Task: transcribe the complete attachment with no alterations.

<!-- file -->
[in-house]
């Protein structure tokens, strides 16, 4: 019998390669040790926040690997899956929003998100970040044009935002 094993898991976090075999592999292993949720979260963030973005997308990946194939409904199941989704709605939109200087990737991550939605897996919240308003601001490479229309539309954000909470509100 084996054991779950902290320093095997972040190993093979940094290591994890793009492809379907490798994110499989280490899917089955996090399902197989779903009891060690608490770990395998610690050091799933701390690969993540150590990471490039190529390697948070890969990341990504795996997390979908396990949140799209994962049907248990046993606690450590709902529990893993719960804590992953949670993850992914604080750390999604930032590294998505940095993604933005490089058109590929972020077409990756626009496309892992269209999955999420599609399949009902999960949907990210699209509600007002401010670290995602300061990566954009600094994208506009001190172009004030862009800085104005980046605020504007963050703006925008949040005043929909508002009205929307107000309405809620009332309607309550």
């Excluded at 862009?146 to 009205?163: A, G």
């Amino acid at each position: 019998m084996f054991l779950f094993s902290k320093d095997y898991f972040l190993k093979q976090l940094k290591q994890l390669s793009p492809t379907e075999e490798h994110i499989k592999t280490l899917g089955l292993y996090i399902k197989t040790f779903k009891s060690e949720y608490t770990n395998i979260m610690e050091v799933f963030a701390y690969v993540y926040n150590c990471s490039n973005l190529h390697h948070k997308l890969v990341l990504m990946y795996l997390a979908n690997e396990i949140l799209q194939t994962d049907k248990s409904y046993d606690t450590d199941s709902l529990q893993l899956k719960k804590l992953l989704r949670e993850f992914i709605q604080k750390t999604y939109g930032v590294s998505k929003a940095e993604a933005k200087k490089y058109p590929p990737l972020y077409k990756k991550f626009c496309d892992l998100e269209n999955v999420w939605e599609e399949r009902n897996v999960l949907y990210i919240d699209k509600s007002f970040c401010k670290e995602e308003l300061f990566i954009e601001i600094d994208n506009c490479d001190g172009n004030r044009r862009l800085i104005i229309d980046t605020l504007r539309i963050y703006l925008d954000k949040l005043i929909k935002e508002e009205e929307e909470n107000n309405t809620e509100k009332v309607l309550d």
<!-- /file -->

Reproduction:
[in-house]
């Protein structure tokens, strides 16, 4: 019998390669040790926040690997899956929003998100970040044009935002 094993898991976090075999592999292993949720979260963030973005997308990946194939409904199941989704709605939109200087990737991550939605897996919240308003601001490479229309539309954000909470509100 084996054991779950902290320093095997972040190993093979940094290591994890793009492809379907490798994110499989280490899917089955996090399902197989779903009891060690608490770990395998610690050091799933701390690969993540150590990471490039190529390697948070890969990341990504795996997390979908396990949140799209994962049907248990046993606690450590709902529990893993719960804590992953949670993850992914604080750390999604930032590294998505940095993604933005490089058109590929972020077409990756626009496309892992269209999955999420599609399949009902999960949907990210699209509600007002401010670290995602300061990566954009600094994208506009001190172009004030862009800085104005980046605020504007963050703006925008949040005043929909508002009205929307107000309405809620009332309607309550």
């Excluded at 862009?146 to 009205?163: A, G």
């Amino acid at each position: 019998m084996f054991l779950f094993s902290k320093d095997y898991f972040l190993k093979q976090l940094k290591q994890l390669s793009p492809t379907e075999e490798h994110i499989k592999t280490l899917g089955l292993y996090i399902k197989t040790f779903k009891s060690e949720y608490t770990n395998i979260m610690e050091v799933f963030a701390y690969v993540y926040n150590c990471s490039n973005l190529h390697h948070k997308l890969v990341l990504m990946y795996l997390a979908n690997e396990i949140l799209q194939t994962d049907k248990s409904y046993d606690t450590d199941s709902l529990q893993l899956k719960k804590l992953l989704r949670e993850f992914i709605q604080k750390t999604y939109g930032v590294s998505k929003a940095e993604a933005k200087k490089y058109p590929p990737l972020y077409k990756k991550f626009c496309d892992l998100e269209n999955v999420w939605e599609e399949r009902n897996v999960l949907y990210i919240d699209k509600s007002f970040c401010k670290e995602e308003l300061f990566i954009e601001i600094d994208n506009c490479d001190g172009n004030r044009r862009l800085i104005i229309d980046t605020l504007r539309i963050y703006l925008d954000k949040l005043i929909k935002e508002e009205e929307e909470n107000n309405t809620e509100k009332v309607l309550d």